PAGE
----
by Ed Derby
In his essay "God in the Dock," Lewis talks through several difficulties, or surprises, in "trying to present the Christian Faith to modern unbelievers." At the start of a new school year, I'm also reminded of such challenges. Granted, as Lewis admits, the subject is entirely too large. Instead, Lewis provides his anecdotal reasons and acknowledges his limitations in the same breath.
1. Materialism is not the only adversary to the Christian message. Lewis finds that a pantheistic outlook that absorbs no particular religious narrative is common.
2. People are skeptical about history. In the Christian story, it's less that one needs to believe in miracles, namely the resurrection, but more about the simple fact of it being an old, old story. They treat other old stories with the same eye of distrust.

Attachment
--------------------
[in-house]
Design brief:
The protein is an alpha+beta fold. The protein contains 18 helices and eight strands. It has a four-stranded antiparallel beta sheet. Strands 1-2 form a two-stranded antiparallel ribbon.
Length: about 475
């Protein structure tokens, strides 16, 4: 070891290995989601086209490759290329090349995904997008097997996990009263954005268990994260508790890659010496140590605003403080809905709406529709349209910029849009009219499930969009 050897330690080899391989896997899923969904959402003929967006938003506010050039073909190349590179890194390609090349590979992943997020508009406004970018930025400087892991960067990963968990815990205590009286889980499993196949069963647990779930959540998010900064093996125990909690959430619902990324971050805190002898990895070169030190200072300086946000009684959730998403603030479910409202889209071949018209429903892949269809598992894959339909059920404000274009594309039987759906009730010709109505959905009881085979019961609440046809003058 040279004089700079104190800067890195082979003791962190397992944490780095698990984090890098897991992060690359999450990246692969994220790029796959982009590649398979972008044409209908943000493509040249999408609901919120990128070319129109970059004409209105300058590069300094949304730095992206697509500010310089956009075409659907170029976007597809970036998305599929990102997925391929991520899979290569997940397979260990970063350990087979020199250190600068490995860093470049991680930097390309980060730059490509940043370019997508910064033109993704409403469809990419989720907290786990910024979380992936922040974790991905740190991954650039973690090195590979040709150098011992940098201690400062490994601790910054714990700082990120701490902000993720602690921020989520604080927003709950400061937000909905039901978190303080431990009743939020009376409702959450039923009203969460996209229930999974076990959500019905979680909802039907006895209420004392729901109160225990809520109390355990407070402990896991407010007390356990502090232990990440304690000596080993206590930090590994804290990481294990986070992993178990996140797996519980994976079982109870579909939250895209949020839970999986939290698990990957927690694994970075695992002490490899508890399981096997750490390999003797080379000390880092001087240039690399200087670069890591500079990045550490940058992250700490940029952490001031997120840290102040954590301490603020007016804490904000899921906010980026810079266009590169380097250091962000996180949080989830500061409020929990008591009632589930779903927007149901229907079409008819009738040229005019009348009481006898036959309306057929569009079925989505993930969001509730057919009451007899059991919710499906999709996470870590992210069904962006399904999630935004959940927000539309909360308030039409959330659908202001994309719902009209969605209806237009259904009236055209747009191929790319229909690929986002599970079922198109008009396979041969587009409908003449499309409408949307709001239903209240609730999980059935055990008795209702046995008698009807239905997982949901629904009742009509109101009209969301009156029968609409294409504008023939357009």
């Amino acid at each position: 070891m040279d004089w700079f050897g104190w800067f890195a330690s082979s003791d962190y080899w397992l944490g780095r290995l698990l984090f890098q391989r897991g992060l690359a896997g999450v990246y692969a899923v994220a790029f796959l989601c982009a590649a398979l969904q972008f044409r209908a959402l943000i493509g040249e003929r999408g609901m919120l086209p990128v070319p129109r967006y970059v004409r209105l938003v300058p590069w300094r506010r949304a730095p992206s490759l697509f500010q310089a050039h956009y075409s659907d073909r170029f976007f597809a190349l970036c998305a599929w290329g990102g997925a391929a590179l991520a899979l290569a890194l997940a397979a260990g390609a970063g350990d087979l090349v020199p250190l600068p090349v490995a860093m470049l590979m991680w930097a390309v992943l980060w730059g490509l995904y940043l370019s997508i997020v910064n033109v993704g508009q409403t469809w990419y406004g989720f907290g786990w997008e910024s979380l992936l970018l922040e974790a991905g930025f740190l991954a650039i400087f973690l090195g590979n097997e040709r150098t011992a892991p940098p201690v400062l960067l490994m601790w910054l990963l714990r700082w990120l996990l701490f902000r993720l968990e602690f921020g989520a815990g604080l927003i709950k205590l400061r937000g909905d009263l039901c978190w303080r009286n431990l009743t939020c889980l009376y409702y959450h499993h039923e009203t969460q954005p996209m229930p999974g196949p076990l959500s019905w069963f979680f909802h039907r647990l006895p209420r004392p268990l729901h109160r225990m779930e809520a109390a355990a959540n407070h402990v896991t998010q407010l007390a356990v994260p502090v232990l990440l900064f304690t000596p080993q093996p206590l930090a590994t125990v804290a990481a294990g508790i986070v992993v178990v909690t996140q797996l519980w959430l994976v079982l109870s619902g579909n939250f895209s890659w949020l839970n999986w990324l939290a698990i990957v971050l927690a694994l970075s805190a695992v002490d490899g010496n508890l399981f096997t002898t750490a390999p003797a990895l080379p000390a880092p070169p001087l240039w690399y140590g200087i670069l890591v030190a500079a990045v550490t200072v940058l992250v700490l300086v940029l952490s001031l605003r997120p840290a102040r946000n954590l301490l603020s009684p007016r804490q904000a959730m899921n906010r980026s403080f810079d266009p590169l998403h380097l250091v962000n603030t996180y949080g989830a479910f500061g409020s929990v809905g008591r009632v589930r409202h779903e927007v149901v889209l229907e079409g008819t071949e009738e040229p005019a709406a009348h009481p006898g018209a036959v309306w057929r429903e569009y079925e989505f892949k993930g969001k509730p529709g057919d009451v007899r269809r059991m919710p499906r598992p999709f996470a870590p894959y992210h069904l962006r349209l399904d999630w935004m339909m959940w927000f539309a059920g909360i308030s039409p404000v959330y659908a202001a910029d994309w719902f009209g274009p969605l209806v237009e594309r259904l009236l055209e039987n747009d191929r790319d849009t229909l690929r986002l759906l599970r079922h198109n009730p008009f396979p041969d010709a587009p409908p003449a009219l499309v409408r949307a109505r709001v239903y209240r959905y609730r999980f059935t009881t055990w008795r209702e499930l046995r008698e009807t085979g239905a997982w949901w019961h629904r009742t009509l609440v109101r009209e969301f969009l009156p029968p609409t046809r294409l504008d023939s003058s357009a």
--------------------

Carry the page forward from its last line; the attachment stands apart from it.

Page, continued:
3. The use of language is a barrier. In some ways, Christianity needs to be discovered and decoded by the current generation. That makes presentation and authenticity key.
4. The absence of sin. Not that sin is absent, but the thought, "I'm a sinner," is not present. There is no guilt so the idea that the Christian message is "good news."
5. Instead of God being the judge, the modern person judges God (God is in the dock).
6. The simple emotional appeal to come and follow Jesus often works much more than intellectualism, something Lewis admits is where most of his work is found.
I'm certain that these challenges still exist and being aware of them might serve us to not encounter the different challenge of arrogance.